Tenant paid for repair herself at extortionate price?

by Readers Question

9:35 AM, 1st June 2020
About 6 months ago

Tenant paid for repair herself at extortionate price?

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Tenant paid for repair herself at extortionate price?

I have a tenant who had a leak from  the toilet cistern. She found a plumber herself who repaired the leak without telling the agent or myself as the landlord.

The repair cost an extortion£276!

When the agent later questioned their own plumber on the cost of the repair carried out they quoted a maximum of £85.

The tenant now obviously wants reimbursing for the £276 invoice.

Where do I stand as a landlord for covering this unauthorised cost?

Many thanks

Mike


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Comments

Porky

20:23 PM, 5th June 2020
About 6 months ago

Reply to the comment left by Puzzler at 05/06/2020 - 19:34The shortage of working plumbers is not an excuse for exploitation if that indeed is the case. There is only a few places a cistern can leak. One is at the donut seal where it meets the toilet bowl. The other is where the main water connection is to the float valve. The other leak paths are an overflow if the float valve is not shutting off and this flows into to bowl or outside the property via the overflow pipe or a leak in the seal at the bottom of the flush so water continues to trickle into the bowl so these three are not urgent and no damage can occur just wasting water. All of the above are simple and quick to fix and the parts are all dirt cheap so I agree ... the emergency plumber was taking the piss. As a landlord I do all these fixes myself as I know plumbers just rub their hands together when they get simple jobs like this that they will claim need specialists to solve.
I'd take it up with the plumber and get him to justify his charges.

Rod

22:45 PM, 5th June 2020
About 6 months ago

You're getting off lightly. I had an electrician in to do a check for the new reg's coming in. His first words - "that needs doing - this needs doing - that needs replacing". In reality, very little needed doing! It ended up costing £500! A lot of tradesmen are .......... and see LLs as easy meat!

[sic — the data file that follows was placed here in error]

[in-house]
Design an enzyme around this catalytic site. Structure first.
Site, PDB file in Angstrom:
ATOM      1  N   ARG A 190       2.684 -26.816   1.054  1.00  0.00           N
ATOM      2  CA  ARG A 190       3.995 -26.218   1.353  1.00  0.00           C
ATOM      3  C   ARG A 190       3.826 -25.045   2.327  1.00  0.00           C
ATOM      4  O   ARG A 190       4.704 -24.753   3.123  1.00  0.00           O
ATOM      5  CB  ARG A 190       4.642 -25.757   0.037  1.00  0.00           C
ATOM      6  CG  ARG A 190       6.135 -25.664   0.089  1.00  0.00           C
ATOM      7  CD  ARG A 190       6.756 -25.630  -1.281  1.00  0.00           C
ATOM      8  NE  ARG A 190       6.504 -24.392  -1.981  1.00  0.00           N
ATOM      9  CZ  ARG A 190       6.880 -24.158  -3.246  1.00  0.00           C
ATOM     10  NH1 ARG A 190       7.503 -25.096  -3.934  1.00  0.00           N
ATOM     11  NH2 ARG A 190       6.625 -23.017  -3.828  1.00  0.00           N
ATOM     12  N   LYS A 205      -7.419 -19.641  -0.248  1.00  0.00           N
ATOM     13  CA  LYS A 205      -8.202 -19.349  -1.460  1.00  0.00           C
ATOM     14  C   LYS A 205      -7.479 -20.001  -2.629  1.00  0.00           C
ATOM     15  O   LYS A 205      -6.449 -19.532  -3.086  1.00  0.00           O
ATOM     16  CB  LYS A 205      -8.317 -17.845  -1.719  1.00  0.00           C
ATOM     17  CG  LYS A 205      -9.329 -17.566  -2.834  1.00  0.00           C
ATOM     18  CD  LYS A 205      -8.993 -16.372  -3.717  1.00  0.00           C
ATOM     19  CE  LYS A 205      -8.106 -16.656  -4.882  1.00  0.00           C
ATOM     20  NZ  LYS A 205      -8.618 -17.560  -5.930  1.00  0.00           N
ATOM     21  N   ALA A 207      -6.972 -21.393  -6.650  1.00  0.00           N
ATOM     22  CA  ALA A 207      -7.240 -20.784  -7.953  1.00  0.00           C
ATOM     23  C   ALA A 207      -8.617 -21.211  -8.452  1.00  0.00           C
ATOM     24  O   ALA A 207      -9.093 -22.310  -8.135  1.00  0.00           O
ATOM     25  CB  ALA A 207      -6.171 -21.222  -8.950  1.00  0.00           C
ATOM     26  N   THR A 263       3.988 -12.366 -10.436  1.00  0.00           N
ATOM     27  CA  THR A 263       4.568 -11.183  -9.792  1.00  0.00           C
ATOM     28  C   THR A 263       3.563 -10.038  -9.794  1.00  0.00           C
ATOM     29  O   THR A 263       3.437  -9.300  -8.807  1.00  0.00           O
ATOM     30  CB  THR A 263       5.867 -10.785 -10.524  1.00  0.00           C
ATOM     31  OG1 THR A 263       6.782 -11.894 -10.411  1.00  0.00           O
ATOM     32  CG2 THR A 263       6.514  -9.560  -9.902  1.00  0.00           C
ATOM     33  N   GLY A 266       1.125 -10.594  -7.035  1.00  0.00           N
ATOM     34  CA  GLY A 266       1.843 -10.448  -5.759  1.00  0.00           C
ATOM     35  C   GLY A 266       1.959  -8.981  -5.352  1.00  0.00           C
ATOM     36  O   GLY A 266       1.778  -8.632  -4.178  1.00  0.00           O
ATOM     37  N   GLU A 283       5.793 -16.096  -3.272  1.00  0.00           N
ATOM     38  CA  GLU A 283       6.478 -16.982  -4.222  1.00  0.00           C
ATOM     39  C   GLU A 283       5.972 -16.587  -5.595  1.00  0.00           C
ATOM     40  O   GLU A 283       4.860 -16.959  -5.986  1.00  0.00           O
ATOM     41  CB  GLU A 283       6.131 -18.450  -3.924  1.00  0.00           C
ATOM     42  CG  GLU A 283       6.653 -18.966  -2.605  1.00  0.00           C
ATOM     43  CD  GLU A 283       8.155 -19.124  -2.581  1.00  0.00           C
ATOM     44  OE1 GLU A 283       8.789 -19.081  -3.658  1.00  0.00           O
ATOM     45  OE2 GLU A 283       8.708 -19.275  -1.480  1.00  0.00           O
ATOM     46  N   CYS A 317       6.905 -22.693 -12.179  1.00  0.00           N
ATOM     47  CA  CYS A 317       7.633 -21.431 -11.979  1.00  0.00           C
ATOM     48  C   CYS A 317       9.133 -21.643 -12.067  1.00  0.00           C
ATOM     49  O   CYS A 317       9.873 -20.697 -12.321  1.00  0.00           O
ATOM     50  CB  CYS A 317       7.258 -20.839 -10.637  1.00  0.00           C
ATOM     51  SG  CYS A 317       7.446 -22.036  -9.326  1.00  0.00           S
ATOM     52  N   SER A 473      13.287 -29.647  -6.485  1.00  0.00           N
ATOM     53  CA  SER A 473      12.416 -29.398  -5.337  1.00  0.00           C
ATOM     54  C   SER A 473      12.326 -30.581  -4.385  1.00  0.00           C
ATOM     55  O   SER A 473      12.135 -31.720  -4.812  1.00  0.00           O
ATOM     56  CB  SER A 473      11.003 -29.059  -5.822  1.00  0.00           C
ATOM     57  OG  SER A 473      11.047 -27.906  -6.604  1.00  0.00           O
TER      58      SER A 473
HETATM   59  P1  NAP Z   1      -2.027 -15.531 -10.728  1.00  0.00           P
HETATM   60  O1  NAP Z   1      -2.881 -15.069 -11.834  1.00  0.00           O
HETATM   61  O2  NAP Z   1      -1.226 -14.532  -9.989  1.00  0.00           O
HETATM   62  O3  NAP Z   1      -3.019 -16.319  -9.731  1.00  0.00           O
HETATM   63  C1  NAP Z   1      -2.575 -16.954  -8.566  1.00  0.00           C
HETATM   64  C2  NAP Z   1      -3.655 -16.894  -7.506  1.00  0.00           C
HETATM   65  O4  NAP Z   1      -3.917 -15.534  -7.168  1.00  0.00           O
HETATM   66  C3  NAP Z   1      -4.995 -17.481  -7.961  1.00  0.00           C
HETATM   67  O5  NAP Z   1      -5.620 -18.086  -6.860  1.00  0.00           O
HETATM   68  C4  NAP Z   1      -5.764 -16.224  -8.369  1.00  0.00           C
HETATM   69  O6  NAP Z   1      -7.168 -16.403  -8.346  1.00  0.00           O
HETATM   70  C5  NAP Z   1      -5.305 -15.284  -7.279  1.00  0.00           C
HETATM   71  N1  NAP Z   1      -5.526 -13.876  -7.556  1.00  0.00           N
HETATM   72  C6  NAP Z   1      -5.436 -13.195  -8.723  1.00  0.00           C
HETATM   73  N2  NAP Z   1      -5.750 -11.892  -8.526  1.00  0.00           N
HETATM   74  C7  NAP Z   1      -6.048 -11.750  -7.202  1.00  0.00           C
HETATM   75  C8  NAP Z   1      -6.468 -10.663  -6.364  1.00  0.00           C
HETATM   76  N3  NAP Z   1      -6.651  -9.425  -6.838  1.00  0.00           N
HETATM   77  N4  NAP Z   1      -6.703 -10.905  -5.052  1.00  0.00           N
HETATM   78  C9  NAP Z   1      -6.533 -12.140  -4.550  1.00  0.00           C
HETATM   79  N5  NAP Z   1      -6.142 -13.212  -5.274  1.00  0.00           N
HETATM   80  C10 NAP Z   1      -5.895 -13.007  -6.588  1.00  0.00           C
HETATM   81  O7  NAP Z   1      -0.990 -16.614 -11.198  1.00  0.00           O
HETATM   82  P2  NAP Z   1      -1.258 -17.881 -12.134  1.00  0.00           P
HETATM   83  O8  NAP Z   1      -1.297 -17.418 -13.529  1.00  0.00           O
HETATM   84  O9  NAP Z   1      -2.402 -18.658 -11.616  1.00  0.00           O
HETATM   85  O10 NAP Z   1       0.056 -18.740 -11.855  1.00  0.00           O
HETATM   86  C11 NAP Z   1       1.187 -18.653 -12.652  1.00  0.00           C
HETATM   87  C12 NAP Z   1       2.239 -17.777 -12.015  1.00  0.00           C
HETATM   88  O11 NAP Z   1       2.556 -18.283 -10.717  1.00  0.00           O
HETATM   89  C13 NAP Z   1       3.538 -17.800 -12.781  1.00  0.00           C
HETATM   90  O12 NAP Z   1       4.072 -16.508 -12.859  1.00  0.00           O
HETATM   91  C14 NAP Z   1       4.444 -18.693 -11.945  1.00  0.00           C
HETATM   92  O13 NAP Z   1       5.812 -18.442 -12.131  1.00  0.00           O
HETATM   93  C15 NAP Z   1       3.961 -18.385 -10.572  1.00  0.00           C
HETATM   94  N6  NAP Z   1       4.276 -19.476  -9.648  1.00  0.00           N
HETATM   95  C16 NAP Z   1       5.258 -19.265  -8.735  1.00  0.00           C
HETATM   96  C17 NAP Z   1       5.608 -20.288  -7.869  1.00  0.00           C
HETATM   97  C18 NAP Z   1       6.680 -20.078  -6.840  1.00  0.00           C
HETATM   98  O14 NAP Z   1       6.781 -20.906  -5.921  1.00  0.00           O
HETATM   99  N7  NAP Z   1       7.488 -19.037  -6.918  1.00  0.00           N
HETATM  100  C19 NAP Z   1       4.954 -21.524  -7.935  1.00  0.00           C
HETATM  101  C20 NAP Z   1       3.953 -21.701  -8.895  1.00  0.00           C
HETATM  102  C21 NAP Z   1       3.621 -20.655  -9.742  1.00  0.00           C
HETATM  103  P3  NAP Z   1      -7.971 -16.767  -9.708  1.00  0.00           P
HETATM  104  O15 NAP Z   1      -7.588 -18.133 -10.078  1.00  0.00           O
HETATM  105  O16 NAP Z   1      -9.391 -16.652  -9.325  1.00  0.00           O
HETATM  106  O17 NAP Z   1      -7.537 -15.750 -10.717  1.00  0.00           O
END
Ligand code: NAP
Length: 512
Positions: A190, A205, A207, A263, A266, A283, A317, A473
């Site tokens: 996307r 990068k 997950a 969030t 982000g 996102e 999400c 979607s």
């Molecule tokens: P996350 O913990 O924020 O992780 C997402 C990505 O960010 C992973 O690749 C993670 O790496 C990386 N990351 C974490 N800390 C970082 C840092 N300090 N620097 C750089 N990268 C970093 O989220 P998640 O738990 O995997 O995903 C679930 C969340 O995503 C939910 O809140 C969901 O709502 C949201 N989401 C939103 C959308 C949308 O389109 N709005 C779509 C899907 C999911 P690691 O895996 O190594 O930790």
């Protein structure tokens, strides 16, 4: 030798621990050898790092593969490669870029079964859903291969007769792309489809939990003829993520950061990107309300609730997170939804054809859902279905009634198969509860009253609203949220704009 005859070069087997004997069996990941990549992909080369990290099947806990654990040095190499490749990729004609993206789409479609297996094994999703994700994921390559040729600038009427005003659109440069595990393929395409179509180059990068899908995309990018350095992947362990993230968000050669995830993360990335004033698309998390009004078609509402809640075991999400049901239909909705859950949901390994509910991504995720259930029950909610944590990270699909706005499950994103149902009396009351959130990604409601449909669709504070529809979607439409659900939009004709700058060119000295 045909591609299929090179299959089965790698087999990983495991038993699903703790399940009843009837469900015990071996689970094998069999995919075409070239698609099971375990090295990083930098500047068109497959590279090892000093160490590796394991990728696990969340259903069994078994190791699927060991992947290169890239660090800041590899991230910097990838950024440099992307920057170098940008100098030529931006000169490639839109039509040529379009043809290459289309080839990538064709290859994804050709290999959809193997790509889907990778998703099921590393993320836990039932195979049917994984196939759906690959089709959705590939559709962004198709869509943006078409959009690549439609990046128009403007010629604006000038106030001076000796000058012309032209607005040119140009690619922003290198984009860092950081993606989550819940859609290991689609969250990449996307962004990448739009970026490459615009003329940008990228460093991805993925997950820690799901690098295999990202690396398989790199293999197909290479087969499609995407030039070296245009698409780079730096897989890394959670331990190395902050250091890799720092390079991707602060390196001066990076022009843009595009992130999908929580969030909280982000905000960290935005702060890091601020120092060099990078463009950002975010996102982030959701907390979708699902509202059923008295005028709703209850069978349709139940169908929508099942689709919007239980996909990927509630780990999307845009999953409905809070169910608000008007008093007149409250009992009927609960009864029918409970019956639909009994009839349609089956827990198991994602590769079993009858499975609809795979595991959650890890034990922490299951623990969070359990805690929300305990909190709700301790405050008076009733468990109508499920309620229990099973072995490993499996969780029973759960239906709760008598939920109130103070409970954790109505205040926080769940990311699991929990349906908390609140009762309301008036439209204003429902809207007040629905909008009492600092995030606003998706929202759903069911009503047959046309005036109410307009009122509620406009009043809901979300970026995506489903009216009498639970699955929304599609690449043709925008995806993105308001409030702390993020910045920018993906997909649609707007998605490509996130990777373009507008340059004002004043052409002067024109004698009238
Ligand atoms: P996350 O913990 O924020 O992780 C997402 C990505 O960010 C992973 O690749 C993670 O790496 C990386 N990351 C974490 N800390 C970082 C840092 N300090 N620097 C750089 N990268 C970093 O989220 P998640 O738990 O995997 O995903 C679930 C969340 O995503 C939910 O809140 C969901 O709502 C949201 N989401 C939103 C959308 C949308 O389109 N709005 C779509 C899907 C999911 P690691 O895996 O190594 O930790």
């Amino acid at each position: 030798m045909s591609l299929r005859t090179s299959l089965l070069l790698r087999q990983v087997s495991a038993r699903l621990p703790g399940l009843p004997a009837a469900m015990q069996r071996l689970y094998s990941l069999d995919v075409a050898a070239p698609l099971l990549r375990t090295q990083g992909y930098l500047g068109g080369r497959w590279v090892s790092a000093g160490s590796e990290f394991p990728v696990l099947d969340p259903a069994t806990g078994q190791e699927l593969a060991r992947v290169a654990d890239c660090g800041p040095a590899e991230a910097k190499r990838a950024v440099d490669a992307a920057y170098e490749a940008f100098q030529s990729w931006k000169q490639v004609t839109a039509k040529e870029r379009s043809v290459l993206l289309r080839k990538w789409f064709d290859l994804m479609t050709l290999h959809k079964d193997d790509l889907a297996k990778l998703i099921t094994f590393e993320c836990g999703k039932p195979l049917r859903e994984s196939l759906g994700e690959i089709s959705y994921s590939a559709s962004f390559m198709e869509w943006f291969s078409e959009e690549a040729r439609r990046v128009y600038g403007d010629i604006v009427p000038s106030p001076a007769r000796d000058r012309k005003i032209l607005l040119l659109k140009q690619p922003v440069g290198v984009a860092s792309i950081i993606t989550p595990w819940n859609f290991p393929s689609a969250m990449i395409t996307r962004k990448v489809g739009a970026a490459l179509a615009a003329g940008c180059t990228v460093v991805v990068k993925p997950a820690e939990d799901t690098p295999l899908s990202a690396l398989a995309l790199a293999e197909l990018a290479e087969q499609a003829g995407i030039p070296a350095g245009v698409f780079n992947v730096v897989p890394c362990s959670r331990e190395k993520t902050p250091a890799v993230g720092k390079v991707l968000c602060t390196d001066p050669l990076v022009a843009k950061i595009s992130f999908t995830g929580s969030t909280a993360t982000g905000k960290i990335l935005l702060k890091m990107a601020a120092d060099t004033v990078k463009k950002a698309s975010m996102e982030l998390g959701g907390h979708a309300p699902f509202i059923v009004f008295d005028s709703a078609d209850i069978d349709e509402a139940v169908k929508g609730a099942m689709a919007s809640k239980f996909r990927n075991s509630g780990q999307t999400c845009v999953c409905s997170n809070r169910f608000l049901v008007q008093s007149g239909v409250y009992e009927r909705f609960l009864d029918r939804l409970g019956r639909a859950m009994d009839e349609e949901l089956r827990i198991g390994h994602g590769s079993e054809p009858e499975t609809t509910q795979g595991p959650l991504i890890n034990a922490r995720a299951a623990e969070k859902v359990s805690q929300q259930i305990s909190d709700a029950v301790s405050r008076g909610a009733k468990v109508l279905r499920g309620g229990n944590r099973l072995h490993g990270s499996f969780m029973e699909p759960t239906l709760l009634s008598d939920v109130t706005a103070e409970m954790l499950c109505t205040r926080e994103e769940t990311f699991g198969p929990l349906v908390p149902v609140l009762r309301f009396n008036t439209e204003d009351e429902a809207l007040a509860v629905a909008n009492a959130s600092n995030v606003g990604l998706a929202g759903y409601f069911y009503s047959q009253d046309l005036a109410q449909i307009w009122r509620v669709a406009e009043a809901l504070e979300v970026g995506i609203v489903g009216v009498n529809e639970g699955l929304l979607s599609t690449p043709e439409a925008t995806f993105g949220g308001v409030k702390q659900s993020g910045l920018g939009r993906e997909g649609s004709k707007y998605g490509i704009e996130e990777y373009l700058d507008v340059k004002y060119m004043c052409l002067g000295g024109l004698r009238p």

Clint

23:03 PM, 5th June 2020
About 6 months ago

I only today, posted a job for an electrician to inspect and provide report for Landlord (EICR), and stated that I would prefer a quote from someone that only does these tests (for obvious reasons) and reports, and was quoted £95 all in from one electrician where, he stated that he was NICEIC registered and does not quote for work, as he is not one who is touting for work.
I have had similar tests in the past for safety, and in those cases it was not about safety but bringing it all up to current standards, which was around £500 and above. I can see these tests as being an expensive business.

Jessie Jones

0:09 AM, 6th June 2020
About 6 months ago

Reply to the comment left by JohnCaversham at 03/06/2020 - 08:30
John, I would be wary of holding money with a view to returning it at the end of the tenancy 'if all goes well'. Such money may well be seen by some as a deposit, and as such would be subject to the 5 weeks cap, and must be deposited in one of the schemes.

Porky

1:16 AM, 6th June 2020
About 6 months ago

Reply to the comment left by Rod at 05/06/2020 - 22:45
A bit off subject but as you mentioned it I've not heard anything more about the EICR regulations coming in for single household rental properties. When was this bill passed in Parliament??

Chris @ Possession Friend

8:22 AM, 6th June 2020
About 6 months ago

Reply to the comment left by Porky at 06/06/2020 - 01:16
Applies to New Tenancies from 1st July 2020 ! and existing tenancies from 1st April, 2021

Porky

8:32 AM, 6th June 2020
About 6 months ago

Reply to the comment left by Possession Friend at 06/06/2020 - 08:22
I know that was the intended dates but cannot find the official government directive. Also is this for England only or England and Wales?

Porky

11:50 AM, 6th June 2020
About 6 months ago

Reply to the comment left by Jireh Homes at 06/06/2020 - 11:21
Okay. Thanks. I note tnis was only published 5 days ago and covers ENGLAND only. I'll have to check what is happening in Wales.

Smithy @hotmail

12:44 PM, 6th June 2020
About 6 months ago

Reply to the comment left by Rod at 05/06/2020 - 22:45
Going back to the plumbing bill. Was it a big plumbing firm who advertise 'emergency plumbing' - and tend to be expensive? Or a local tradesperson? I think you should contact the plumber and approach him/her in a friendly way "Seems a rather expensive invoice for leak from the cistern." It might be the case that the tenant rang at 3am, in tears, insisting the plumber attend. Did the plumber suggest that it could wait until morning? Was there actually water running out (which the tenant should have reported ages ago - but now they have panicked). Could it have been a tricky repair and the plumber was there for ages? Have you or the agent been to have a look at the repair? Is there evidence of water damage?
It seems expensive, but we don't know enough at present.

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